As beaver dams disappeared, pond and wetland habitats disappeared and heavy stream erosion occurred. Many species that depended on these aquatic habitats were affected.
Earth Justice has created these lovely postcards to explain how Wolves keep the balance in Yellowstone. (No word yet on when they will be doing a BEAVERS KEEP THE BALANCE. PERIOD set), but we should be thankful anyway. Earth Justice tends to like sexy, photogenic animals that will look noble for the camera and set the co-eds pulses fluttering, BUT beavers are the lumpy underdog heroes of so many ecological stories – I say they deserve more respect!
Wolves are the apex predator in Yellowstone. When they were exterminated from the park, the ecosystem suffered from the ripple effects.
Without natural predators like wolves, elk populations grew to unsustainable levels. Much of the trees and vegetation were overgrazed, leaving beavers with nothing to build dams out of.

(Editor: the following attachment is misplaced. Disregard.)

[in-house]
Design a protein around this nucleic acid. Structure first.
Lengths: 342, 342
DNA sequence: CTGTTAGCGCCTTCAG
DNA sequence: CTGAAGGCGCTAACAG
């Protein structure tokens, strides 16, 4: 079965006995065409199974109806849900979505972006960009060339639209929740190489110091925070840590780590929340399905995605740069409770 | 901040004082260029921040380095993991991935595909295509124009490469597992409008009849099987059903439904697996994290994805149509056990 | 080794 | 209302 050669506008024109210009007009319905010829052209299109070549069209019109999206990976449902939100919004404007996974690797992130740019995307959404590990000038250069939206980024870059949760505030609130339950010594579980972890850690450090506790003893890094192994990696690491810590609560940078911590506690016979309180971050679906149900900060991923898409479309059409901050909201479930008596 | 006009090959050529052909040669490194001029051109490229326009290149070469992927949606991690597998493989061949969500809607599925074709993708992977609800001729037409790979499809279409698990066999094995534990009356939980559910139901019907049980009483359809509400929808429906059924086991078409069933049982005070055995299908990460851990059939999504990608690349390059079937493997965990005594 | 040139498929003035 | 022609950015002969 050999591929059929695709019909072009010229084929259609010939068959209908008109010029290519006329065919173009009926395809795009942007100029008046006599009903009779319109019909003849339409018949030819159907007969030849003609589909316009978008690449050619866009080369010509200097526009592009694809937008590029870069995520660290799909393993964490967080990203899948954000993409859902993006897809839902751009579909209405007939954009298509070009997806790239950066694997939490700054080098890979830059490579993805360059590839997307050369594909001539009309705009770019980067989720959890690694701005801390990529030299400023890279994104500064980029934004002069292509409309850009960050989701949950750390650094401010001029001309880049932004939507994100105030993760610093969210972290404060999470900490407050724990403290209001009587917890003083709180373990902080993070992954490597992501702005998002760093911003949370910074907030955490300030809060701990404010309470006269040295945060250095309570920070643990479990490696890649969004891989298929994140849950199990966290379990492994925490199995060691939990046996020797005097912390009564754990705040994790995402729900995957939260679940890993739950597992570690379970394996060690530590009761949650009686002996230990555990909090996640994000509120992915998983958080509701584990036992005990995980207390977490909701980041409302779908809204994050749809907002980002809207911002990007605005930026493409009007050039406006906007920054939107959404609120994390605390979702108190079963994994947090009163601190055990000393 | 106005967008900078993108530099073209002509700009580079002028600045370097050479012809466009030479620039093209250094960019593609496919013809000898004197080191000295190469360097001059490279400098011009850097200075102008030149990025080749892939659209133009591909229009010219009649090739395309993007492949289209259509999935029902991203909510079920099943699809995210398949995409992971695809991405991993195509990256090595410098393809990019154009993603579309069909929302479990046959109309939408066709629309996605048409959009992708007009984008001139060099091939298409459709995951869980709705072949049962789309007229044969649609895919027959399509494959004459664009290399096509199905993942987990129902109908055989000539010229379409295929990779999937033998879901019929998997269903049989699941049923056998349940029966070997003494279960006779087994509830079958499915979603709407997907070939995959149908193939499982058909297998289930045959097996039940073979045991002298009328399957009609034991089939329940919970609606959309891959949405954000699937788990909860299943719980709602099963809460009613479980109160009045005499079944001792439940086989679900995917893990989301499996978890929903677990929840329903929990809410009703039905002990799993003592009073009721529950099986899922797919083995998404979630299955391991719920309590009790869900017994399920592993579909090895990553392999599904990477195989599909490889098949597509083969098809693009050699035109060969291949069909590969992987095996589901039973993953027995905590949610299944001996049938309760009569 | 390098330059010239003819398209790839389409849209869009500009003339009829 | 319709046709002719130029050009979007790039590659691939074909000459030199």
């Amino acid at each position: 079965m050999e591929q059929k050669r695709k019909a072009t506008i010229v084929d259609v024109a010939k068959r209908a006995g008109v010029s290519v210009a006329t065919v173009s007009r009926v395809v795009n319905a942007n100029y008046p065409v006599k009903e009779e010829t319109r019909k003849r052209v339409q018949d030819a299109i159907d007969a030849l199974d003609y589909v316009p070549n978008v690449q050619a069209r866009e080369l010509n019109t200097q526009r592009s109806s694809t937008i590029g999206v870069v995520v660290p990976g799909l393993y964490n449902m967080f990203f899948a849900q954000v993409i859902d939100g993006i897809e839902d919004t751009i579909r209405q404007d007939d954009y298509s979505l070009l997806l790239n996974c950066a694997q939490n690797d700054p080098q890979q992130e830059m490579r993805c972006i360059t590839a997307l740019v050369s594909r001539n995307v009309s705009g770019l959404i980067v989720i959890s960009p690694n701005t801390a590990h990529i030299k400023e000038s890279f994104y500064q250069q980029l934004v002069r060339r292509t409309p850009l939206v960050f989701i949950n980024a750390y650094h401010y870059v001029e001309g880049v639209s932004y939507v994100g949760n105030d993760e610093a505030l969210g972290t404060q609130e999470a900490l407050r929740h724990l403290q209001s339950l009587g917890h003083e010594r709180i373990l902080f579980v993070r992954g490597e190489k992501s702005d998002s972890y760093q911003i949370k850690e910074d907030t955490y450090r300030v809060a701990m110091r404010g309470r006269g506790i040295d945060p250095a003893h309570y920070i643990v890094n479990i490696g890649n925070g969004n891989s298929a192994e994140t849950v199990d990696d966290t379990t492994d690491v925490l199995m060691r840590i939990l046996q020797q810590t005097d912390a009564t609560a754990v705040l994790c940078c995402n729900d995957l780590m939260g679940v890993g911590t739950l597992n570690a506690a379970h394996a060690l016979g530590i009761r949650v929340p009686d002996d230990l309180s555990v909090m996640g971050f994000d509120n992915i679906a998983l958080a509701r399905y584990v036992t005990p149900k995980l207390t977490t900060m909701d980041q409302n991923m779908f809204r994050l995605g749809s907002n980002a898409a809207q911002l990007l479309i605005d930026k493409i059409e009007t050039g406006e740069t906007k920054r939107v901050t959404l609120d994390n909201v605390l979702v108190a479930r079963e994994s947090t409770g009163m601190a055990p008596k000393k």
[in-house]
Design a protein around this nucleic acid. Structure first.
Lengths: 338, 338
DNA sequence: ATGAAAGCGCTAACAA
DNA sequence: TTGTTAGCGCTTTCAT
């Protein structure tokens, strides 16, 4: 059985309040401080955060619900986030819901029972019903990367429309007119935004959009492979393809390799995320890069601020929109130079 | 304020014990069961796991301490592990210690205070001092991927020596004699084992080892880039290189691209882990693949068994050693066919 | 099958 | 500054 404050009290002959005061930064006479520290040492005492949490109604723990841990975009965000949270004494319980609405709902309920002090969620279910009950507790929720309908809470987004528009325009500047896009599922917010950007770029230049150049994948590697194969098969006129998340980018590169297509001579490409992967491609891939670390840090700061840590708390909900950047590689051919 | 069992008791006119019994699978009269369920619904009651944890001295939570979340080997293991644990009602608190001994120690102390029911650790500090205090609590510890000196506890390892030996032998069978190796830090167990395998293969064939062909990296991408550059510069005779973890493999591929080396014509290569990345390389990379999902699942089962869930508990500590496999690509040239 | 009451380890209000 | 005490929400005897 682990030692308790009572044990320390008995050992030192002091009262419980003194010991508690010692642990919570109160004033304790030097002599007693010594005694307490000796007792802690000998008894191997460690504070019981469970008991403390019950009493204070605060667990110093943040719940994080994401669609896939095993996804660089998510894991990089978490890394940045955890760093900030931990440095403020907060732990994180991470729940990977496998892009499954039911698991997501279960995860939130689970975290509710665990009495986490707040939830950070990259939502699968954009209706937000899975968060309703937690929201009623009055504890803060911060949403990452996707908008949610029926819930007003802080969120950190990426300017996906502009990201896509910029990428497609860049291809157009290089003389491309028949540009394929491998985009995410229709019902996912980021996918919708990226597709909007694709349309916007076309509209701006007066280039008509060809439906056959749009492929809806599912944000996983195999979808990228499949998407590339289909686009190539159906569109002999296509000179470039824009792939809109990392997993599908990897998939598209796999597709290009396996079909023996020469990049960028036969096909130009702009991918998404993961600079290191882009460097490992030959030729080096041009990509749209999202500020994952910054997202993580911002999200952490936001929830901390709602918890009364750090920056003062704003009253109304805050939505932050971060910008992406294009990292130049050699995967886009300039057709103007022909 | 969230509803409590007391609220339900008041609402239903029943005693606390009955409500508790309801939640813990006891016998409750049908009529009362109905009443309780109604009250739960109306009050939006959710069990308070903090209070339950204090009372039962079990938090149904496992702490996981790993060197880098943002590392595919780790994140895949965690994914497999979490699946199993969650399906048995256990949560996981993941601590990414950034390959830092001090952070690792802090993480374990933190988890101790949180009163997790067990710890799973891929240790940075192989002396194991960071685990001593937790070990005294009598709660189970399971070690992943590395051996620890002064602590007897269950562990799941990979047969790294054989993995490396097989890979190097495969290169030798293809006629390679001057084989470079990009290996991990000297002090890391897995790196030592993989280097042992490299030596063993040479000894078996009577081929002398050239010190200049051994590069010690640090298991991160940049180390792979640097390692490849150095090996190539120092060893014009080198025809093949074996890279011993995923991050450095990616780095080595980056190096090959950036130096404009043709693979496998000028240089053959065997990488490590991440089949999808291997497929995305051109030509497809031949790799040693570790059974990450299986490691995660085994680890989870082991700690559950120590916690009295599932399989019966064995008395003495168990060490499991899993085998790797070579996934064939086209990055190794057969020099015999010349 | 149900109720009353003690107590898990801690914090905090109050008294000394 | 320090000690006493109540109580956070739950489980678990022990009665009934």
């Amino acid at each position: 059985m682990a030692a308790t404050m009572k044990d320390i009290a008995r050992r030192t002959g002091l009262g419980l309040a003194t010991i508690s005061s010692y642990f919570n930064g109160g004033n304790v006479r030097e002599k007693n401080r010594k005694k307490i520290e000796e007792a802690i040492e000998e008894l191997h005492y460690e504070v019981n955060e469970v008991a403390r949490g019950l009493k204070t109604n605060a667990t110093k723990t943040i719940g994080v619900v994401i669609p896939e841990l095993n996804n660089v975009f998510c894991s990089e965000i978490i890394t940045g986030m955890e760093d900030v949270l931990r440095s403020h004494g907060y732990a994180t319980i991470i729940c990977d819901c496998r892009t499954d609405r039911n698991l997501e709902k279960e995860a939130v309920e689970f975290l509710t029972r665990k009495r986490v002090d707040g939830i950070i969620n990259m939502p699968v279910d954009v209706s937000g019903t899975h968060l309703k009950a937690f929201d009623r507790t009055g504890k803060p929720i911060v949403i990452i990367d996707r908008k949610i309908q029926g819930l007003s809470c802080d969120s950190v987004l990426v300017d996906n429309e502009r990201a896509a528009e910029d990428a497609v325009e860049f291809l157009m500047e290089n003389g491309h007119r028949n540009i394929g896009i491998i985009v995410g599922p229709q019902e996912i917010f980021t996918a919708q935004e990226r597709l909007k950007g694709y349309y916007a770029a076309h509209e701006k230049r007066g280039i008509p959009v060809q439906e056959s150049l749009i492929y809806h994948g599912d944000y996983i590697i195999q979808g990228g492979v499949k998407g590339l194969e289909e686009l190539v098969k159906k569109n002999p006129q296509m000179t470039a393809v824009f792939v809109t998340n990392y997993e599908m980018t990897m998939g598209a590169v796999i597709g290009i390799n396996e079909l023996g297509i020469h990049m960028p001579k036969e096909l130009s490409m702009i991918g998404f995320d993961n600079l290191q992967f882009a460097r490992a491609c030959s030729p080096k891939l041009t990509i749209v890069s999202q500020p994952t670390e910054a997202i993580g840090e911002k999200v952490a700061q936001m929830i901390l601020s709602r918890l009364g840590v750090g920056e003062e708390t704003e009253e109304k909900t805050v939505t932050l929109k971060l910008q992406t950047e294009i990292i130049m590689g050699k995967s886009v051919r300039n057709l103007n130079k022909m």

After wolves were reintroduced in 1995, the elk populations have dropped, leaving beavers more wood to build their dams. Insects, fish, and songbirds that depend on the wetlands and ponds created by the beaver dams are now thriving.
Did you ever have a partner that in elementary school with whom you were supposed to be working on that oral book report – and they flashed a big toothy smile and everyone loved them because they were cute and great at kickball but all they did was bring lifesavers for the entire class during your presentation, while you read the book, wrote the speech, drew the posters, carried it all to class and made everything happen? And the teacher gave you BOTH an A?